Devil's Playground

Devil's Playground

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Devil's Playground Reviews

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Beefy Beefy
Super Reviewer
October 23, 2011
In a genre as potentially played out as zombie films, you can't afford to be derivative or dull. And yet this was both. Not awful, but not much else.
Dr Blood  
Super Reviewer
½ October 20, 2010
Call me shallow but the only reason I wanted to watch "Devil's Playground" was because I saw a picture of Jaime Murray on the IMDb and wanted to see more of her. She's been in quite a few horror genre films including "Botched" (2007) and "The Deaths of Ian Stone" (2007) but I think most people would know her from the "Warehouse 13" TV series. Unfortunately, she was very underused in this and I still didn't get to see her naked.
Anyway, "Devil's Playground" is yet another apocalyptic virus/zombie movie with a huge amount of similarities to everything in the same subgenre from "28 Days Later" onwards. It's British and set in London with lots of fast running not-really-zombies who jump up walls and through open windows every chance they get.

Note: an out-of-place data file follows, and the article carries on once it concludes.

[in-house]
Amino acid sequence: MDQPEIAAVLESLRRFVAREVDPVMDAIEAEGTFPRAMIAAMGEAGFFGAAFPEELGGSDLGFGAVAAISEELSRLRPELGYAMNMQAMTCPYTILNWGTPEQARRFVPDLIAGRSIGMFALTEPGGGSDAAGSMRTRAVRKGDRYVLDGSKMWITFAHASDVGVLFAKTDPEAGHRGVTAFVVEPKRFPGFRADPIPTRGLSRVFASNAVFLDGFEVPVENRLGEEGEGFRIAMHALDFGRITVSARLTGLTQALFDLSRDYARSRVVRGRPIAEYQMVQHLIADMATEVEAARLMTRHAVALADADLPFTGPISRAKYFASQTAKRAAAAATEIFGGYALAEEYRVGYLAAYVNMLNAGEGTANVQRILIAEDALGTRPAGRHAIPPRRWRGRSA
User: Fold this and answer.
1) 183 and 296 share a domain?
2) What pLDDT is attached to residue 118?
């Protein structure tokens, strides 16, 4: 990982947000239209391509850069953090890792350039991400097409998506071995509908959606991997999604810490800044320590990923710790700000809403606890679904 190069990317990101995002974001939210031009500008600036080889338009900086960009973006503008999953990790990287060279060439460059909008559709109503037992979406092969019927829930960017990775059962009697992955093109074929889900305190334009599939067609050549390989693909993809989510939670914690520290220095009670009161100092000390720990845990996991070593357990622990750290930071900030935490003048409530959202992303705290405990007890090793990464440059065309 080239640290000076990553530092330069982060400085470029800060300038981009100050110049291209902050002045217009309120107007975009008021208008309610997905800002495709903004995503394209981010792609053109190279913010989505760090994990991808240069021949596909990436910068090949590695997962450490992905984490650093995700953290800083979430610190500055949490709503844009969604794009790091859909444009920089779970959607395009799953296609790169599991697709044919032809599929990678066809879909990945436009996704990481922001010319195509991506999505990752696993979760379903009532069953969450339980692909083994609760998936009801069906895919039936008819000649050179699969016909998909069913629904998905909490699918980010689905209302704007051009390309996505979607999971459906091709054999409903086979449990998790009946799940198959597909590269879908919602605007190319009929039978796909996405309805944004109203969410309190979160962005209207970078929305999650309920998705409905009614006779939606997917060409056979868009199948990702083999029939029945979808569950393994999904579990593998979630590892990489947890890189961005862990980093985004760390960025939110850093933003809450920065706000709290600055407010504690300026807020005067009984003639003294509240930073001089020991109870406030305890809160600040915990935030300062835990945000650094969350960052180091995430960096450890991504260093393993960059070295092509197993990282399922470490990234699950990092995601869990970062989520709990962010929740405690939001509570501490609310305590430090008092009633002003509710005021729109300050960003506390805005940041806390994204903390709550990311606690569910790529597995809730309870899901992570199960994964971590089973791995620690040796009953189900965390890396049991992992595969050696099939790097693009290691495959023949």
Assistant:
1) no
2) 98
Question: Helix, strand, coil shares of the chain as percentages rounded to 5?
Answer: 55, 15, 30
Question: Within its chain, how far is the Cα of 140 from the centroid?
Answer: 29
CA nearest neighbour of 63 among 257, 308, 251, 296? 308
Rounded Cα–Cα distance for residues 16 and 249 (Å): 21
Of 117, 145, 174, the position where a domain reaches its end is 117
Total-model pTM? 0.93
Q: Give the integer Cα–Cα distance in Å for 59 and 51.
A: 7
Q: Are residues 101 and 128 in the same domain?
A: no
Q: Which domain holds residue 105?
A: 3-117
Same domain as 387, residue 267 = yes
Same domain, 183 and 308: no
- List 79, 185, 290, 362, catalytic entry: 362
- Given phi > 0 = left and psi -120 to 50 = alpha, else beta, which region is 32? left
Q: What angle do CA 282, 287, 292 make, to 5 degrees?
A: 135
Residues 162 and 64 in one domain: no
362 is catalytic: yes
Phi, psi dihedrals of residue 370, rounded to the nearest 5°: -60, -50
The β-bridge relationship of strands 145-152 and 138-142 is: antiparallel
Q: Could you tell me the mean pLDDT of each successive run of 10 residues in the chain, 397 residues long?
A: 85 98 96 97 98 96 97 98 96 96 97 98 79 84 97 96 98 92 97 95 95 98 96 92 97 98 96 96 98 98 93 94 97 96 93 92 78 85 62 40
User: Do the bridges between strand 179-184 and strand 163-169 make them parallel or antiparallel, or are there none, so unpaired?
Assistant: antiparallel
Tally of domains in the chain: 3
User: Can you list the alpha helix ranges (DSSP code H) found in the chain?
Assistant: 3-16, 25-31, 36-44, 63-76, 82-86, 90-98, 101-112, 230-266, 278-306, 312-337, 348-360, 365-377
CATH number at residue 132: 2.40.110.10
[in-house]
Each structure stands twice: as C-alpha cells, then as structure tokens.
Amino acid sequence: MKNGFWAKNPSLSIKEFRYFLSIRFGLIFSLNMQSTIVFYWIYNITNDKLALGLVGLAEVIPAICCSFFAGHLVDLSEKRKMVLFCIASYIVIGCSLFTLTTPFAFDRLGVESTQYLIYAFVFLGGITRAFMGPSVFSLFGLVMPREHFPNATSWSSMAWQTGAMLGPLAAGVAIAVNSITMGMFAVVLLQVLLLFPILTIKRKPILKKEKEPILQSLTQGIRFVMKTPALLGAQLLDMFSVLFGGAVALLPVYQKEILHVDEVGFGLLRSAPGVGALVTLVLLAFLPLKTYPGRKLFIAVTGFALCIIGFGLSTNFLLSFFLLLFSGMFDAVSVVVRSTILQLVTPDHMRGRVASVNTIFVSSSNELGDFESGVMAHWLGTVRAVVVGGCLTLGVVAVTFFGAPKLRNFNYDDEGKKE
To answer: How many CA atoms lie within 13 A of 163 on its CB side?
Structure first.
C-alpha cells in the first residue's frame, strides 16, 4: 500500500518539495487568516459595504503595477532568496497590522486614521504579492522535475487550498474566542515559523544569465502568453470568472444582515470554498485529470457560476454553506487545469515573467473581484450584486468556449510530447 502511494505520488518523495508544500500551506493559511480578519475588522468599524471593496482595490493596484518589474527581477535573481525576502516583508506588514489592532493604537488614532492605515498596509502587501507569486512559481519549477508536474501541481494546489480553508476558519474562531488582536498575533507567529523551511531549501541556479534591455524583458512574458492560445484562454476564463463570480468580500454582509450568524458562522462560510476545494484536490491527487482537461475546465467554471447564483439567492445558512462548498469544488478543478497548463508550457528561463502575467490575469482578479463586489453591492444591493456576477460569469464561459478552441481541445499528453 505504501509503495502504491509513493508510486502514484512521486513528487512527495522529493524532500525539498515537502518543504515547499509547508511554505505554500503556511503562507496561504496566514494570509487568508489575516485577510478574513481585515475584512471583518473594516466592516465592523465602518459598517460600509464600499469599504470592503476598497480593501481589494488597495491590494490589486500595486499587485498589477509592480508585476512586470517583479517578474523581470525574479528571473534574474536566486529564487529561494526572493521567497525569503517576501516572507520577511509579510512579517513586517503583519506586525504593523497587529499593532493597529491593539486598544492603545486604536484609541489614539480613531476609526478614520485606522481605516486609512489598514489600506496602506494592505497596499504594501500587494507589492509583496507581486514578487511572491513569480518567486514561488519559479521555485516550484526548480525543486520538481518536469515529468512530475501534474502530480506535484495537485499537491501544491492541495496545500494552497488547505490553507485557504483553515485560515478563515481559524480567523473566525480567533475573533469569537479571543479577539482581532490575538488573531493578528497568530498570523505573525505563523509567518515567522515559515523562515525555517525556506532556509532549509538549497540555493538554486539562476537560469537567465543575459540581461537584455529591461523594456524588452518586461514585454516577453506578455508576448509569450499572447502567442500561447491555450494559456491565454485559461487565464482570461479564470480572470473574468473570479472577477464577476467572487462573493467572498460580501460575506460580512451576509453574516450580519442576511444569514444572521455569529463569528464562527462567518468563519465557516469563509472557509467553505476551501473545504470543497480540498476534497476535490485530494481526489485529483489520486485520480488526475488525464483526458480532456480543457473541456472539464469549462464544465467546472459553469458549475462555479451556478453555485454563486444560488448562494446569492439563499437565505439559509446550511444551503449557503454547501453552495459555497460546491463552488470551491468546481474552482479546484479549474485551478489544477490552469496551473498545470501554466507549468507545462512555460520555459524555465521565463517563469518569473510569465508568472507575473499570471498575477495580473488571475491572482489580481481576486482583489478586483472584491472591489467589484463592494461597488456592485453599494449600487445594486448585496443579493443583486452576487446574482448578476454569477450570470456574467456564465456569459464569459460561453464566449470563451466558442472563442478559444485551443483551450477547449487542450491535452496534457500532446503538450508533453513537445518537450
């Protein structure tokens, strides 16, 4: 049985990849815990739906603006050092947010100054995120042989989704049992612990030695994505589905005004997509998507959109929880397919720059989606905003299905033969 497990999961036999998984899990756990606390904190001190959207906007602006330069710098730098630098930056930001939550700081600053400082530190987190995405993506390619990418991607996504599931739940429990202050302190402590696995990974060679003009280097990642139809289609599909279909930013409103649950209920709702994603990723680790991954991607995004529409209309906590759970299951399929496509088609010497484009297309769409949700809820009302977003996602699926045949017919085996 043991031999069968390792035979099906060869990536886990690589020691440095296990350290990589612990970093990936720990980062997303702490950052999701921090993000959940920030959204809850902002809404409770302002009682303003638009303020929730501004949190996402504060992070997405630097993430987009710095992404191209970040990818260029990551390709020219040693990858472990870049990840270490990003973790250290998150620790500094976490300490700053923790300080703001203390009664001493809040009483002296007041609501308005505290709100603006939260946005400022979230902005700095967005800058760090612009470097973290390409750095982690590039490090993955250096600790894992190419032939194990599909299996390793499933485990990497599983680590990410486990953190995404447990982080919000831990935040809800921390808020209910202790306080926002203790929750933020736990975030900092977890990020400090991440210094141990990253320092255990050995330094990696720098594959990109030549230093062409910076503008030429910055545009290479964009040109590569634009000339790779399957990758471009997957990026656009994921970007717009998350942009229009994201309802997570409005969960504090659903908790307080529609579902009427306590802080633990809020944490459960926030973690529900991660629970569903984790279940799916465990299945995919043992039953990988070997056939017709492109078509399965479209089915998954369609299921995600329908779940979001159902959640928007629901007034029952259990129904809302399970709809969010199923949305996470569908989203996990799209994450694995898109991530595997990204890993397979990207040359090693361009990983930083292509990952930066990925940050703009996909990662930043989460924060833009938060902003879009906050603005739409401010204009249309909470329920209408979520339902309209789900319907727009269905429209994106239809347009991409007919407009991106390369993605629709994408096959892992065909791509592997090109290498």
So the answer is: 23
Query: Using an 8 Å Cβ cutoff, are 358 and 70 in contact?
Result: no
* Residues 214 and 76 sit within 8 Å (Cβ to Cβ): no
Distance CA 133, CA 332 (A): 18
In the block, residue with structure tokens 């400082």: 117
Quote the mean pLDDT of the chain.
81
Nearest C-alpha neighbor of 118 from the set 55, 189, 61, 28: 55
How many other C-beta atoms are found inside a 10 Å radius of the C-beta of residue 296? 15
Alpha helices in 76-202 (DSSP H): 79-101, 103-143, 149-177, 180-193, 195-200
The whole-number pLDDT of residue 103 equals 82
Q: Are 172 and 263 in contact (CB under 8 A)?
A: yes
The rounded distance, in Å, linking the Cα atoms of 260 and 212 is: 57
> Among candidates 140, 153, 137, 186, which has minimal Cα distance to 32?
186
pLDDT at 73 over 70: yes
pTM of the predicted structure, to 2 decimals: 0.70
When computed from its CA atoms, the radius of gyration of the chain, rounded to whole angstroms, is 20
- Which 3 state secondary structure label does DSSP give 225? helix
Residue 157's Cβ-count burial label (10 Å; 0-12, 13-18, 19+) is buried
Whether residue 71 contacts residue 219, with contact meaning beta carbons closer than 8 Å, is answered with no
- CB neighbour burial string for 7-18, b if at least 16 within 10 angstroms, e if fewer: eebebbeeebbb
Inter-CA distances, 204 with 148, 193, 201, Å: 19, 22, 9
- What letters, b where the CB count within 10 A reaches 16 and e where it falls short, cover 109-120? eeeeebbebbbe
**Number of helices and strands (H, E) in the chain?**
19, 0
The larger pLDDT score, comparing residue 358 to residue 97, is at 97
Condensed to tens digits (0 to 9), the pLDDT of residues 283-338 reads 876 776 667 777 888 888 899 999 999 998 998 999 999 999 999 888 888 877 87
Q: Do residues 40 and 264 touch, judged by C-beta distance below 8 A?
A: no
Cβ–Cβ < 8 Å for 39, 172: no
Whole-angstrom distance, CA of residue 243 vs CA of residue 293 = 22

The zombies are the only things that are fast about "Devil's Playground" as the pacing is ridiculously slow. Everything feels like an episode of "Torchwood" but with no comedic aspects whatsoever apart from the cast of Mockneys all being unable to pronounce any words with "th" or "ing" in them. The usual suspects are all here including Danny Dyer, Craig Fairbrass and Sean Pertwee all posturing, dropping their aitches and saying, "Nuffin'" and "Summink" every couple of lines just to show how "London" they all are. Apart from all the gratuitous swearing, gore and violence, it could have been a Hallowe'en special of "The Bill".
I didn't hate it any of it particularly except that it was the same old stuff that I've seen hundreds of times before but with different people. As a longtime consumer of Monster energy drinks it did amuse me slightly that the virus that mutates people into zombies was, in this case, caused by an energy supplement injection.